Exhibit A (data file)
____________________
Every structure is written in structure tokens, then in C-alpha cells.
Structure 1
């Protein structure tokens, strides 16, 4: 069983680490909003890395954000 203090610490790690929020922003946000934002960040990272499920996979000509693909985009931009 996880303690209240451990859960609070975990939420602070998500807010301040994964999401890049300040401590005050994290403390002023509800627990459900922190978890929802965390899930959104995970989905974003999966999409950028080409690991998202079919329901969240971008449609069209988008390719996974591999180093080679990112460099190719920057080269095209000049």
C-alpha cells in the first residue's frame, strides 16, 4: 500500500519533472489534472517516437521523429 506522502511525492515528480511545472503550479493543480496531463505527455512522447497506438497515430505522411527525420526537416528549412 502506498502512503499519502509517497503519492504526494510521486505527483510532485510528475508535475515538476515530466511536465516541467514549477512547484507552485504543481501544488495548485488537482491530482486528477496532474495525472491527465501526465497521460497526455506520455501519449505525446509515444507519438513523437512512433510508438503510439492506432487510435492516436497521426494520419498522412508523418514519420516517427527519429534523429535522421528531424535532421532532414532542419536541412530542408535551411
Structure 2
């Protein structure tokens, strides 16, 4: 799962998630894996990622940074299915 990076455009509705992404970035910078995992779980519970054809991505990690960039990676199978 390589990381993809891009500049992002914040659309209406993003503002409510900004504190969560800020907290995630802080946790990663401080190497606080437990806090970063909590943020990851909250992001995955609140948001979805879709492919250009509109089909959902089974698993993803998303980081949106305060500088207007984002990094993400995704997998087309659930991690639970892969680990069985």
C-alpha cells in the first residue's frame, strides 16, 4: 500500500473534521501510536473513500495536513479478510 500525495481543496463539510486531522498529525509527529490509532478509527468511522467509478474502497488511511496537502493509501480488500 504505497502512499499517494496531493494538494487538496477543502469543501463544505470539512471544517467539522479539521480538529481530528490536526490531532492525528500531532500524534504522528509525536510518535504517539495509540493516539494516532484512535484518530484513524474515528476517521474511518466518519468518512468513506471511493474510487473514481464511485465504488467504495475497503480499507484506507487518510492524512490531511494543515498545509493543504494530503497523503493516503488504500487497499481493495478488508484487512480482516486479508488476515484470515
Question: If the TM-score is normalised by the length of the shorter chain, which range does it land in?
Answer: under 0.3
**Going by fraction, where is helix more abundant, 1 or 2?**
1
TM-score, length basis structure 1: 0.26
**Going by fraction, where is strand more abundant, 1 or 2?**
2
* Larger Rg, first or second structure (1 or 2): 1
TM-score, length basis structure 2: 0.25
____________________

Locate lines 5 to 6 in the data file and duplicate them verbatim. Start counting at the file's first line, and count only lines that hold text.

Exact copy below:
Structure 2
């Protein structure tokens, strides 16, 4: 799962998630894996990622940074299915 990076455009509705992404970035910078995992779980519970054809991505990690960039990676199978 390589990381993809891009500049992002914040659309209406993003503002409510900004504190969560800020907290995630802080946790990663401080190497606080437990806090970063909590943020990851909250992001995955609140948001979805879709492919250009509109089909959902089974698993993803998303980081949106305060500088207007984002990094993400995704997998087309659930991690639970892969680990069985």